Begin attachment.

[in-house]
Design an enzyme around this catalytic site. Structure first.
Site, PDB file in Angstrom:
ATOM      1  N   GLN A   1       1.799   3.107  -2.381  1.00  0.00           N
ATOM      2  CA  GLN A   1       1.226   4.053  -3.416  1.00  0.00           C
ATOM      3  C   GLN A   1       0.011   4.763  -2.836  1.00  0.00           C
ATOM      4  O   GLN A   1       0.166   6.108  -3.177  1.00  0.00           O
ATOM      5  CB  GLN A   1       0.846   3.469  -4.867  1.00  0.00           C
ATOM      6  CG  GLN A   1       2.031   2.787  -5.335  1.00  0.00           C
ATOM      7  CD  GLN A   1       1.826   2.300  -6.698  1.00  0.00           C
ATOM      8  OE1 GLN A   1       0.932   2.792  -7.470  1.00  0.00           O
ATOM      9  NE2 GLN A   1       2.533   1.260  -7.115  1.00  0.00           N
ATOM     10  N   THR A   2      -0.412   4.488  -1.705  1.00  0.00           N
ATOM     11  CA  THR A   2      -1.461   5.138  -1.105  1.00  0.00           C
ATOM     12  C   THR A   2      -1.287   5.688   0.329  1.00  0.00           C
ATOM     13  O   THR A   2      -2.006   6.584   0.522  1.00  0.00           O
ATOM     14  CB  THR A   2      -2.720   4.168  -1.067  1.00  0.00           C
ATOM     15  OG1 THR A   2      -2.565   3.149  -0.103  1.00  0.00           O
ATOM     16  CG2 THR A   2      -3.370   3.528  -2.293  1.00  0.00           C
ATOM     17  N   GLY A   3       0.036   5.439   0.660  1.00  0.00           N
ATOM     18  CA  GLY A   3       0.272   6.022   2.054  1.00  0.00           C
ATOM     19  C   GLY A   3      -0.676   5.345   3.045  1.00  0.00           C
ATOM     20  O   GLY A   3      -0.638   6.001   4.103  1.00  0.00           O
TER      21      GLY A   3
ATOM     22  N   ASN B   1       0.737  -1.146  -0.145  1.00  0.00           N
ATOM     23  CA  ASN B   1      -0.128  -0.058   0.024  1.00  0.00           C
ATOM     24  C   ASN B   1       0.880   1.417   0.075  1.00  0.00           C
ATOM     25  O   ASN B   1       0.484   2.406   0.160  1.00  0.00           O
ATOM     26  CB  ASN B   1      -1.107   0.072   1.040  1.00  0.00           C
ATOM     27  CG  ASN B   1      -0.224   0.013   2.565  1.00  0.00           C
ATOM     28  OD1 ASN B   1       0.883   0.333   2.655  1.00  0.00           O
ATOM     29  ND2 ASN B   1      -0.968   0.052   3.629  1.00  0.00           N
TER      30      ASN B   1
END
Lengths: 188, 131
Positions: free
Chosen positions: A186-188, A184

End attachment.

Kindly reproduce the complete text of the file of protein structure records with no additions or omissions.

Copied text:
[in-house]
Design an enzyme around this catalytic site. Structure first.
Site, PDB file in Angstrom:
ATOM      1  N   GLN A   1       1.799   3.107  -2.381  1.00  0.00           N
ATOM      2  CA  GLN A   1       1.226   4.053  -3.416  1.00  0.00           C
ATOM      3  C   GLN A   1       0.011   4.763  -2.836  1.00  0.00           C
ATOM      4  O   GLN A   1       0.166   6.108  -3.177  1.00  0.00           O
ATOM      5  CB  GLN A   1       0.846   3.469  -4.867  1.00  0.00           C
ATOM      6  CG  GLN A   1       2.031   2.787  -5.335  1.00  0.00           C
ATOM      7  CD  GLN A   1       1.826   2.300  -6.698  1.00  0.00           C
ATOM      8  OE1 GLN A   1       0.932   2.792  -7.470  1.00  0.00           O
ATOM      9  NE2 GLN A   1       2.533   1.260  -7.115  1.00  0.00           N
ATOM     10  N   THR A   2      -0.412   4.488  -1.705  1.00  0.00           N
ATOM     11  CA  THR A   2      -1.461   5.138  -1.105  1.00  0.00           C
ATOM     12  C   THR A   2      -1.287   5.688   0.329  1.00  0.00           C
ATOM     13  O   THR A   2      -2.006   6.584   0.522  1.00  0.00           O
ATOM     14  CB  THR A   2      -2.720   4.168  -1.067  1.00  0.00           C
ATOM     15  OG1 THR A   2      -2.565   3.149  -0.103  1.00  0.00           O
ATOM     16  CG2 THR A   2      -3.370   3.528  -2.293  1.00  0.00           C
ATOM     17  N   GLY A   3       0.036   5.439   0.660  1.00  0.00           N
ATOM     18  CA  GLY A   3       0.272   6.022   2.054  1.00  0.00           C
ATOM     19  C   GLY A   3      -0.676   5.345   3.045  1.00  0.00           C
ATOM     20  O   GLY A   3      -0.638   6.001   4.103  1.00  0.00           O
TER      21      GLY A   3
ATOM     22  N   ASN B   1       0.737  -1.146  -0.145  1.00  0.00           N
ATOM     23  CA  ASN B   1      -0.128  -0.058   0.024  1.00  0.00           C
ATOM     24  C   ASN B   1       0.880   1.417   0.075  1.00  0.00           C
ATOM     25  O   ASN B   1       0.484   2.406   0.160  1.00  0.00           O
ATOM     26  CB  ASN B   1      -1.107   0.072   1.040  1.00  0.00           C
ATOM     27  CG  ASN B   1      -0.224   0.013   2.565  1.00  0.00           C
ATOM     28  OD1 ASN B   1       0.883   0.333   2.655  1.00  0.00           O
ATOM     29  ND2 ASN B   1      -0.968   0.052   3.629  1.00  0.00           N
TER      30      ASN B   1
END
Lengths: 188, 131
Positions: free
Chosen positions: A186-188, A184